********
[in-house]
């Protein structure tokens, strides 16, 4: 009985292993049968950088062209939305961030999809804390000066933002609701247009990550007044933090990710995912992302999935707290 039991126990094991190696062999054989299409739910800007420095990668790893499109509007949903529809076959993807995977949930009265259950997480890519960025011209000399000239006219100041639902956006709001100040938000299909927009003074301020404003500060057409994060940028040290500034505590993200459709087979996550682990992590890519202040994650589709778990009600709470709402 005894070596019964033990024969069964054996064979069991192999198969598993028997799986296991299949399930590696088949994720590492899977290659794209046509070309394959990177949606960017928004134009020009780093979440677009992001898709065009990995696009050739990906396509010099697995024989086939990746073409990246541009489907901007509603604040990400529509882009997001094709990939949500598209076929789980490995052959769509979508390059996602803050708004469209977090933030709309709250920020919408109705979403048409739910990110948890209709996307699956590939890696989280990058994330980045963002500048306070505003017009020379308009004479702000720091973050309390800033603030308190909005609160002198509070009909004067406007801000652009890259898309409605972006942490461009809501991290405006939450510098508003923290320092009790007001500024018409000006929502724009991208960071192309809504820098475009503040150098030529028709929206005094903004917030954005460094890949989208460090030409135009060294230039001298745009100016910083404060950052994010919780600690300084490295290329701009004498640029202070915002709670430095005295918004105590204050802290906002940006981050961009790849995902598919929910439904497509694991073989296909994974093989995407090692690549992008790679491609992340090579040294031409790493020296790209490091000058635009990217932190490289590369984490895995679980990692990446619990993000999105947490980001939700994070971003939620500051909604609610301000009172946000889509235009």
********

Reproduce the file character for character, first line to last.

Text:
[in-house]
């Protein structure tokens, strides 16, 4: 009985292993049968950088062209939305961030999809804390000066933002609701247009990550007044933090990710995912992302999935707290 039991126990094991190696062999054989299409739910800007420095990668790893499109509007949903529809076959993807995977949930009265259950997480890519960025011209000399000239006219100041639902956006709001100040938000299909927009003074301020404003500060057409994060940028040290500034505590993200459709087979996550682990992590890519202040994650589709778990009600709470709402 005894070596019964033990024969069964054996064979069991192999198969598993028997799986296991299949399930590696088949994720590492899977290659794209046509070309394959990177949606960017928004134009020009780093979440677009992001898709065009990995696009050739990906396509010099697995024989086939990746073409990246541009489907901007509603604040990400529509882009997001094709990939949500598209076929789980490995052959769509979508390059996602803050708004469209977090933030709309709250920020919408109705979403048409739910990110948890209709996307699956590939890696989280990058994330980045963002500048306070505003017009020379308009004479702000720091973050309390800033603030308190909005609160002198509070009909004067406007801000652009890259898309409605972006942490461009809501991290405006939450510098508003923290320092009790007001500024018409000006929502724009991208960071192309809504820098475009503040150098030529028709929206005094903004917030954005460094890949989208460090030409135009060294230039001298745009100016910083404060950052994010919780600690300084490295290329701009004498640029202070915002709670430095005295918004105590204050802290906002940006981050961009790849995902598919929910439904497509694991073989296909994974093989995407090692690549992008790679491609992340090579040294031409790493020296790209490091000058635009990217932190490289590369984490895995679980990692990446619990993000999105947490980001939700994070971003939620500051909604609610301000009172946000889509235009």